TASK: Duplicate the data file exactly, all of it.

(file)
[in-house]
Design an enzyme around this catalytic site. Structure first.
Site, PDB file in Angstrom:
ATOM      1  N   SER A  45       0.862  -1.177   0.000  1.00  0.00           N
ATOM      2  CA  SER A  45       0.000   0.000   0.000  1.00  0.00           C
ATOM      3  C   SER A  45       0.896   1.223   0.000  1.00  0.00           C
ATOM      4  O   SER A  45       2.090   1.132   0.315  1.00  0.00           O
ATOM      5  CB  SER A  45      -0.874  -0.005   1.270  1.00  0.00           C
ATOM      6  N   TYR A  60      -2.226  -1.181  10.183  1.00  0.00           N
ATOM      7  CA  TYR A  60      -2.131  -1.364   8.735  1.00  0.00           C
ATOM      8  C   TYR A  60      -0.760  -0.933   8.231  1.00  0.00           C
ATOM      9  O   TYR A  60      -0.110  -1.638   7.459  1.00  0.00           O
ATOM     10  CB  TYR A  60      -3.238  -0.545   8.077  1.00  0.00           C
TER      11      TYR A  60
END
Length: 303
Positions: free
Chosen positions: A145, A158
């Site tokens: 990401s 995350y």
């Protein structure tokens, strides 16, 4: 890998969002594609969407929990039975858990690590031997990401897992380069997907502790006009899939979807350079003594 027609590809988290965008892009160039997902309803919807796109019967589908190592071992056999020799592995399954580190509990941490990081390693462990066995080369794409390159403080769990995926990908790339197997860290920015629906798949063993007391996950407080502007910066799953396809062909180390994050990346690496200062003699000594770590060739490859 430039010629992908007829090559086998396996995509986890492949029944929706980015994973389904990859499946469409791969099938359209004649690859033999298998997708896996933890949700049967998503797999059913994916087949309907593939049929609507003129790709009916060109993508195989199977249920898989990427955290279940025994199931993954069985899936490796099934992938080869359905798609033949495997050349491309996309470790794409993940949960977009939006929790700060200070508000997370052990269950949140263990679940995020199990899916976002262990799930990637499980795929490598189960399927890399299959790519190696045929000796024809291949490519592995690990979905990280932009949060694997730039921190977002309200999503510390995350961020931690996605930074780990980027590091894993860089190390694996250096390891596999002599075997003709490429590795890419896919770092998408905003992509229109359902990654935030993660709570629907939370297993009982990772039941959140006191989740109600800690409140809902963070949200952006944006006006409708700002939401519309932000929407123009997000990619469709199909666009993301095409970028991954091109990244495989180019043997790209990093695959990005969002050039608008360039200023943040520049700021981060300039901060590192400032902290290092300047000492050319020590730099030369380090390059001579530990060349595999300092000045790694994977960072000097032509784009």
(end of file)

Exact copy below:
[in-house]
Design an enzyme around this catalytic site. Structure first.
Site, PDB file in Angstrom:
ATOM      1  N   SER A  45       0.862  -1.177   0.000  1.00  0.00           N
ATOM      2  CA  SER A  45       0.000   0.000   0.000  1.00  0.00           C
ATOM      3  C   SER A  45       0.896   1.223   0.000  1.00  0.00           C
ATOM      4  O   SER A  45       2.090   1.132   0.315  1.00  0.00           O
ATOM      5  CB  SER A  45      -0.874  -0.005   1.270  1.00  0.00           C
ATOM      6  N   TYR A  60      -2.226  -1.181  10.183  1.00  0.00           N
ATOM      7  CA  TYR A  60      -2.131  -1.364   8.735  1.00  0.00           C
ATOM      8  C   TYR A  60      -0.760  -0.933   8.231  1.00  0.00           C
ATOM      9  O   TYR A  60      -0.110  -1.638   7.459  1.00  0.00           O
ATOM     10  CB  TYR A  60      -3.238  -0.545   8.077  1.00  0.00           C
TER      11      TYR A  60
END
Length: 303
Positions: free
Chosen positions: A145, A158
């Site tokens: 990401s 995350y």
């Protein structure tokens, strides 16, 4: 890998969002594609969407929990039975858990690590031997990401897992380069997907502790006009899939979807350079003594 027609590809988290965008892009160039997902309803919807796109019967589908190592071992056999020799592995399954580190509990941490990081390693462990066995080369794409390159403080769990995926990908790339197997860290920015629906798949063993007391996950407080502007910066799953396809062909180390994050990346690496200062003699000594770590060739490859 430039010629992908007829090559086998396996995509986890492949029944929706980015994973389904990859499946469409791969099938359209004649690859033999298998997708896996933890949700049967998503797999059913994916087949309907593939049929609507003129790709009916060109993508195989199977249920898989990427955290279940025994199931993954069985899936490796099934992938080869359905798609033949495997050349491309996309470790794409993940949960977009939006929790700060200070508000997370052990269950949140263990679940995020199990899916976002262990799930990637499980795929490598189960399927890399299959790519190696045929000796024809291949490519592995690990979905990280932009949060694997730039921190977002309200999503510390995350961020931690996605930074780990980027590091894993860089190390694996250096390891596999002599075997003709490429590795890419896919770092998408905003992509229109359902990654935030993660709570629907939370297993009982990772039941959140006191989740109600800690409140809902963070949200952006944006006006409708700002939401519309932000929407123009997000990619469709199909666009993301095409970028991954091109990244495989180019043997790209990093695959990005969002050039608008360039200023943040520049700021981060300039901060590192400032902290290092300047000492050319020590730099030369380090390059001579530990060349595999300092000045790694994977960072000097032509784009």